Sugake odoshi is very simple and is the hurried armourer's best friend. Fewer holes, fewer sets of lace, fewer things to go wrong. The problem is, if you're using sugake, you really need a broader braid, or at least a fairly large number of lacing pairs. No thin, sparsely spaced threads. It is often—very often—poorly done (and even by some companies in Japan who make “replica armour”—shame on them!). There should be, as I've said, no space between the braids. The cross-laces above the sugake should not look like Xs so much as squares. Note the illustration at the right, and the photographs below, to see what constitutes appropriately spaced pairs of lacing.

Real sugake has the lacing behind the lame (between the hishinui and the kedate) just run straight across, but for SCA combat, I'd recommend you tie off knots (and give it a melting treatment for good measure) to prevent any possible slipping tendency the lames may develop.



Three-braid lacing (essentially sugake with a third braid between the other two having a vertical strip overlaying the X making it look like an asterisk), called variously chikara odoshi or midokoro gake odoshi, can occasionally be seen in armour books, but it can't be documented before the mid-1600s. The same holds true of armours with “sections” of lace—four or five pairs of sugake—separated by areas of no lace. Such oddities are probably the result of Edo-period armourers looking for new, more exotic methods to dress up armours. 

Hishinui no ita

The hishinui no ita is the bottom-most plate of any piece of armour with lacing on it. It is so called because it is the plate (ita) with crosslaces (hishinui) running along the bottom. Obviously, in the case of armours made of scale, it is a structural element, replacing as it does the shitagarami on all the other boards made of scale which are hidden by the suspensory lacing and the overlapping boards.

In the case of plate armours, however, it is not needed. In fact, one might consider that to open the great number of holes necessary for making a hishinui no ita, the plate would become too weak to withstand the constant stresses of percussive combat. This is very true, and something that you would need to consider before undertaking making your armour ostentatious in this way.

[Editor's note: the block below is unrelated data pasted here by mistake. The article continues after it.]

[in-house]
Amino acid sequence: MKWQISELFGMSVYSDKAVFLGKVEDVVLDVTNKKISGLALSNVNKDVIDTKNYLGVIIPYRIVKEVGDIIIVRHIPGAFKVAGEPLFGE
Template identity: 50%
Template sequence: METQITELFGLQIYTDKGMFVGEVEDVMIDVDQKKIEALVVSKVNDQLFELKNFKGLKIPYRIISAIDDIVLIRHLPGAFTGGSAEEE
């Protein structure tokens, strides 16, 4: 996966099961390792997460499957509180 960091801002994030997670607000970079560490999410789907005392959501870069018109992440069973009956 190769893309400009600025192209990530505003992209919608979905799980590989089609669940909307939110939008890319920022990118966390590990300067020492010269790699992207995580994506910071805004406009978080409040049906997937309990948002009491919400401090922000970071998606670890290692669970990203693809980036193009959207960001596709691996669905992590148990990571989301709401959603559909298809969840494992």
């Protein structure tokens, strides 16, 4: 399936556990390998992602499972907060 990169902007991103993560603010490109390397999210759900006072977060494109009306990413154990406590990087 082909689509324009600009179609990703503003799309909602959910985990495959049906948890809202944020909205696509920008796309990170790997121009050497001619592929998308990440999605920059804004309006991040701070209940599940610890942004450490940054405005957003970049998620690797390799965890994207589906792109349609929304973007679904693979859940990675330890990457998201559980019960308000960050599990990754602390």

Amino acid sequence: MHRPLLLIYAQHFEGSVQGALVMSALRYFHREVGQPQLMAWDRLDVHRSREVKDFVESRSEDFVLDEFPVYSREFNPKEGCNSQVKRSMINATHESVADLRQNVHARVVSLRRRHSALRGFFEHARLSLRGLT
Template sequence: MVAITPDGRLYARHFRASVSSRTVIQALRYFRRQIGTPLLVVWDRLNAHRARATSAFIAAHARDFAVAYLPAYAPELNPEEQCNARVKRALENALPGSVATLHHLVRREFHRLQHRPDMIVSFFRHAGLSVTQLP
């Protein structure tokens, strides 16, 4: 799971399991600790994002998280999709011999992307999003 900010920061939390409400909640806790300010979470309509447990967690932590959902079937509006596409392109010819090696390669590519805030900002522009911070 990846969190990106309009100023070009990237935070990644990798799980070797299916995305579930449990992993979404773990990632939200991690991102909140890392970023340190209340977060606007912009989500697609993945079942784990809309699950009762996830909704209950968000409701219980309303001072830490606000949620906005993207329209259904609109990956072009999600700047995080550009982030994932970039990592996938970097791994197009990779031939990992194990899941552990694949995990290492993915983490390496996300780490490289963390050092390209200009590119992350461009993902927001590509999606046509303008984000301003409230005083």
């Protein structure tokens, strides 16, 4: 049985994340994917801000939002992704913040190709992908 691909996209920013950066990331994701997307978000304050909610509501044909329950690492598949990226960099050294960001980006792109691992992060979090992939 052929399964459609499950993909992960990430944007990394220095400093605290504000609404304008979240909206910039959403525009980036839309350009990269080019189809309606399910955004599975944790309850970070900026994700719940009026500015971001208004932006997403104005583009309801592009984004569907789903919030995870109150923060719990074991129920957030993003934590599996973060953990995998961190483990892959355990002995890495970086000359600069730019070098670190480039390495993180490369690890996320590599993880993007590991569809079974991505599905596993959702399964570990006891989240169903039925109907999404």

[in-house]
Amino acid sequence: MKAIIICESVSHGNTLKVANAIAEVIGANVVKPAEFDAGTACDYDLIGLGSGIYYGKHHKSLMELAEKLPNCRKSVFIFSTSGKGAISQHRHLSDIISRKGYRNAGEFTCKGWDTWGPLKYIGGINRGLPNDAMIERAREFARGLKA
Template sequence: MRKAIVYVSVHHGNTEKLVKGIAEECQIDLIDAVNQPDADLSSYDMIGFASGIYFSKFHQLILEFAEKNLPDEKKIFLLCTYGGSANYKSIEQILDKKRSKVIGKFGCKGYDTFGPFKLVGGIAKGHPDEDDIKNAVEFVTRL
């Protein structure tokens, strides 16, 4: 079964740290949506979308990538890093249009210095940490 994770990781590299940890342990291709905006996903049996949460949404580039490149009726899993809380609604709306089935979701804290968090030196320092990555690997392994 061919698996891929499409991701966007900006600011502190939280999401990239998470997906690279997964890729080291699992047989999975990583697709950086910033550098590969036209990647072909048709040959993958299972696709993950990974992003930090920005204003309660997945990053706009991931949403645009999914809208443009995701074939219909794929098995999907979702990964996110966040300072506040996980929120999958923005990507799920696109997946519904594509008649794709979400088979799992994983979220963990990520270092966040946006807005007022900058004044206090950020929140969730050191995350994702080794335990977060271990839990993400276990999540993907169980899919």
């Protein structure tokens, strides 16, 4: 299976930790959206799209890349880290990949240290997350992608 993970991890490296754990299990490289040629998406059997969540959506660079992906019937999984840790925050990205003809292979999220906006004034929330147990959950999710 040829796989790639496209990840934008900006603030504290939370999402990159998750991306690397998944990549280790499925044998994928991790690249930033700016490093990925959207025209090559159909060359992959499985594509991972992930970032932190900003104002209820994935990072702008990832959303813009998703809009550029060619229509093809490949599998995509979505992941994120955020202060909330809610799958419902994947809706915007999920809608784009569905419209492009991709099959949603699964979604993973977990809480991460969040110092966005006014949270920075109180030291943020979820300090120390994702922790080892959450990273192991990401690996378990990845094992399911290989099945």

Given the smaller lames used often in kusazuri and sode—and especially so with the shikoro—an abbreviation of the hishinui no ita is often met with. That is, a conventional hishinui no ita has the nawame odoshi from the suspensory braid; below this runs the horizontal uname odoshi (the running braid); below that are two rows of crosslaces. During the Sengoku period, we often find armours made with the uname odoshi and only a single row of crosslaces, or instead two rows of crosslaces but no uname odoshi. In fact, we often find that the bottom-most plate has nothing but the nawame odoshi, even when the piece is laced in kebiki odoshi. Look at the pieces in the chapter “The Sode” and you’ll see various different ways to deal with that.

Another thing that must be kept in mind is the actual arrangement of the crosslaces. If there are two rows, they must be offset—and this will result in either a single pair of “empty” holes at the end in each row (if there is an odd number of pairs of holes), or two pairs of empty holes at either end of one row (if there is an even number). These holes are filled with a simple vertical band of lacing instead of crosslacing, which would require two pairs of holes. For these vertical strips, you have a choice of which way to lace them, depending on the hole number. See the graphic below four your four possible choices. Remember to be consistent all through the lacing—it wouldn’t do to have kusazuri laced half in the first pattern and half in the second.


Lacing Size

Not all lacing is the same width. The lacing used in kusazuri and shikoro, for example, is usually narrower than that used in the dō. When ordering braid from the braid-maker, an armourer will specify a number of threads; this is the thread count to be used in the construction of the lacing. The braid-maker dyes all the threads at once, then he counts out a specified number of threads and begins braiding the cord. He also uses these same threads to make all the various cords and ties that are used in the armour. This is how he guarantees that all the lacing (whether broad or narrow) and the ties (whether round or flat) will match.